Although the benefits of protective ventilation for the use of lungs for transplantation are evident (27% increase; p=0.004),(24) the rate of use of that strategy in the present study was low (0% in Phase 1; 16.6% in Phase 2).

The availability of clinical evidence, even in prestigious journals, does not ensure their transformation into actual care practices.(14) The adoption of the protocol described in the present study induced changes to actual practice, as certain relevant actions and goals were pre-defined, provided opportunities to perform therapeutic adjustments, and decreased variation and subjectivity in the handling of deceased potential donors. The protocol is an adaptation of the medical early warning systems – MEWS, which are traditionally divided into (1) screening, (2) diagnosis, (3) treatment, (4) analysis of indicators, and (5) process revision.(1,4,30) The published good practice guidelines by Spain's National Transplant Organization (Organización Nacional de Transplantes - ONT) suggest several basic management principles, including a MEWS-based protocol. One year after the publication of such guidelines, the number of organ donors increased by approximately 15% in Spain.(4,31) Even though a portion of the measures that were standardized by a given protocol might lack robust evidence, the management of activities and real-time "route corrections" place the healthcare staff at the bedside with a consequent improvement in assistance.

The present study had several limitations. In addition to the small sample, the retrospective data collection in Phase 1 might have impaired the quality of the information. Due to the disputable quality of the Phase 1 records, comorbidities were not assessed, which also impaired the analysis of the data.

Taking the study limitations into consideration and placing the results into the proper perspective, the findings of the present study are of paramount importance for the state of Santa Catarina. Despite the reduction in losses due to family refusal and medical contraindications, the rate of losses due to cardiac arrest during the clinical management of potential donors remains high.(3,8) An analysis of the ten main multiple organ donation hospitals, which provide 75% (n=120/159) of the brain-dead donors in the state, showed that the rate of losses due to cardiac arrest was also high in 2011 (68/266; 25.5% of the brain deaths reported by those hospitals).(8) Based on these findings and the results of the present study, one might infer that the large-scale application of similar systematics might reduce the loss of potential donors due to cardiac arrest, both in the state of Santa Catarina and in Brazil as a whole.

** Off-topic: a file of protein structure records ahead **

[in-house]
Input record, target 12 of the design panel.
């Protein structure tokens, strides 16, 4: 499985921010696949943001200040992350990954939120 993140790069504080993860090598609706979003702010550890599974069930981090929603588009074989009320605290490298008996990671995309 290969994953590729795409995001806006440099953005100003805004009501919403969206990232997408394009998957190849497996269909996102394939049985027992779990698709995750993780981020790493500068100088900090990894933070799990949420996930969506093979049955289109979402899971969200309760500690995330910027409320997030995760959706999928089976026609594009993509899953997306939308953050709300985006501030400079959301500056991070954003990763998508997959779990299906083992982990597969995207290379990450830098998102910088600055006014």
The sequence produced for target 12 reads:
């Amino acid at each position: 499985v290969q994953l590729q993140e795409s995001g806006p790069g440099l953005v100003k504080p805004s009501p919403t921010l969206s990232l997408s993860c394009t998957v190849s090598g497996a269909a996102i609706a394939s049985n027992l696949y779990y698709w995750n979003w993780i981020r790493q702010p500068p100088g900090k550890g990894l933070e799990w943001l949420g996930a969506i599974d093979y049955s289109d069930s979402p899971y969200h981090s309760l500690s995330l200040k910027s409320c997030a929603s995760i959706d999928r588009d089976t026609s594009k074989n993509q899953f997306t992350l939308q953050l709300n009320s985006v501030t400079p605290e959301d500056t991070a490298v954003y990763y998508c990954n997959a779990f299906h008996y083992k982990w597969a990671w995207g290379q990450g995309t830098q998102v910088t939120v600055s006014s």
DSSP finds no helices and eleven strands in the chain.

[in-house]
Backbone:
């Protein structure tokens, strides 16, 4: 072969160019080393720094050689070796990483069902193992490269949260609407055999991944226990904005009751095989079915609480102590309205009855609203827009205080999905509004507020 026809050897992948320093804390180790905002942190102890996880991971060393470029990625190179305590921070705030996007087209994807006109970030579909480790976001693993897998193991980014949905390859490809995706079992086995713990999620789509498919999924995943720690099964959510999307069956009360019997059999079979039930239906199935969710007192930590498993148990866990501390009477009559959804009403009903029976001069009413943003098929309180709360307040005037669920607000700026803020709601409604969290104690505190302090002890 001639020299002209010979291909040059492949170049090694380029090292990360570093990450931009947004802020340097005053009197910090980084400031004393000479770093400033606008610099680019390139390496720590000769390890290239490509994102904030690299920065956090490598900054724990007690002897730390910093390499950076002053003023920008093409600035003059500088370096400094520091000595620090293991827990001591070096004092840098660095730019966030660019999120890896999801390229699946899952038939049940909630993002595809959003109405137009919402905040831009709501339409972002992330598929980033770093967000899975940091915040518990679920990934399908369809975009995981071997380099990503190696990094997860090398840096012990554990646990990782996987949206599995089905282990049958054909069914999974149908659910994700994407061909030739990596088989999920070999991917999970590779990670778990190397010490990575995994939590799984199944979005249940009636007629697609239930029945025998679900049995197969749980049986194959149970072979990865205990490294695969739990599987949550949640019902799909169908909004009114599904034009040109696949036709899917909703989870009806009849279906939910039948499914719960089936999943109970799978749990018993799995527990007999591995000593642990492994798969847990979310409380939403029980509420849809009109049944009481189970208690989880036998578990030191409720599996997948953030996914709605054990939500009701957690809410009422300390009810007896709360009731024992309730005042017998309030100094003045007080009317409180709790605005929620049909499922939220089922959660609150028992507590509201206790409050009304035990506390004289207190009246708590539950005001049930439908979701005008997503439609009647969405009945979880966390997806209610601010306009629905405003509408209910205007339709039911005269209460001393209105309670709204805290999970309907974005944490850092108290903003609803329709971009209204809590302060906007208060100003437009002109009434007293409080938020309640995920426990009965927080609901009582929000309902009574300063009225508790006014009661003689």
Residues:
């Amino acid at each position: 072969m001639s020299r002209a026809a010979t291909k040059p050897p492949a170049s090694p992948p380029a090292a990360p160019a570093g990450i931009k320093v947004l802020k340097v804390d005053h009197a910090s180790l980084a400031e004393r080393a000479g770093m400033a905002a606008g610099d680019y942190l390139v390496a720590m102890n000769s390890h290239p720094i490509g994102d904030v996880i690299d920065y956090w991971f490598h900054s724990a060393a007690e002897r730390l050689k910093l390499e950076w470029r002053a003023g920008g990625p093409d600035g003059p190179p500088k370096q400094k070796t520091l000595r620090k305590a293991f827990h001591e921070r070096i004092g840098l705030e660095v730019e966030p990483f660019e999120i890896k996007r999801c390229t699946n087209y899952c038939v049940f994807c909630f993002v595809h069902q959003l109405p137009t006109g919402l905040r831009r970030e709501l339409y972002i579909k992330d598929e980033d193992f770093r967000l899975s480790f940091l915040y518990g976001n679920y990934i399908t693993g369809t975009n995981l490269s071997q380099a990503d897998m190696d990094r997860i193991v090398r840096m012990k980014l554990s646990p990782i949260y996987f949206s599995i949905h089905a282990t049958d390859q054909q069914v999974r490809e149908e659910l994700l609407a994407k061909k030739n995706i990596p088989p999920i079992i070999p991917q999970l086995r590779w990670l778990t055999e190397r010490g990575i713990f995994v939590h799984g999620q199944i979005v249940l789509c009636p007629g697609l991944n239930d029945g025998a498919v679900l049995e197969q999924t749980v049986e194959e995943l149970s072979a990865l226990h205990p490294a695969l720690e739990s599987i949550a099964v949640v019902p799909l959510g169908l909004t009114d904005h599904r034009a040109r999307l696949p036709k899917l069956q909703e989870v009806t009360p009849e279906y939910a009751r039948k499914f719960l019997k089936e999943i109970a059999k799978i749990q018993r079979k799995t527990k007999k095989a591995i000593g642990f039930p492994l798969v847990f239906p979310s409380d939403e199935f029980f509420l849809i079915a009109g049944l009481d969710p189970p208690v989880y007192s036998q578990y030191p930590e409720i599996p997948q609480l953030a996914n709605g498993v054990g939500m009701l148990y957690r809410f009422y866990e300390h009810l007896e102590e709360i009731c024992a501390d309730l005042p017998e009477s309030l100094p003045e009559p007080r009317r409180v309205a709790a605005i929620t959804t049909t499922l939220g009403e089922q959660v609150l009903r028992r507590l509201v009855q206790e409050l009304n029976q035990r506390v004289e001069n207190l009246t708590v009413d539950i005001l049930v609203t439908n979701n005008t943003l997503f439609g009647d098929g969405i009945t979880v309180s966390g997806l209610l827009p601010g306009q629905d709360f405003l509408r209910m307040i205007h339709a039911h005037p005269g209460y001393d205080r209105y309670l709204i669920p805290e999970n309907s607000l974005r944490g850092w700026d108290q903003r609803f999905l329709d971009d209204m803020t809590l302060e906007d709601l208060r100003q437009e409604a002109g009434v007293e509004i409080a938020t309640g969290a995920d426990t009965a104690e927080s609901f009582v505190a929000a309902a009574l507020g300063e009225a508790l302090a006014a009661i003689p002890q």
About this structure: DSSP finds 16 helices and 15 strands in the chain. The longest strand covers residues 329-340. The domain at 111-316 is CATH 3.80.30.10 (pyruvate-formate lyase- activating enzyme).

The results of the present study demonstrate the crucial role of coordinated actions in improving the quality of the maintenance of potential organ donors. The use of this protocol was correlated with the performance of essential measures in the maintenance of the potential donors, leading to a reduction in donation losses due to cardiac arrest.



1. The Madrid resolution on organ donation and transplantation: national responsibility in meeting the needs of patients, guided by the WHO principles. Transplantation. 2011;91 Suppl 11:S29-31.         [ Links ]

2. DuBose J, Salim A. Aggressive organ donor management protocol. J Intensive Care Med. 2008;23(6):367-75        [ Links ]

3. Associação Brasileira de Transplantes de Órgãos (ABTO). Estatística de transplantes. Registro Brasileiro de Transplantes (RBT). 2011;17(4). [citado 2012 Fev 12]. Disponível em:        [ Links ]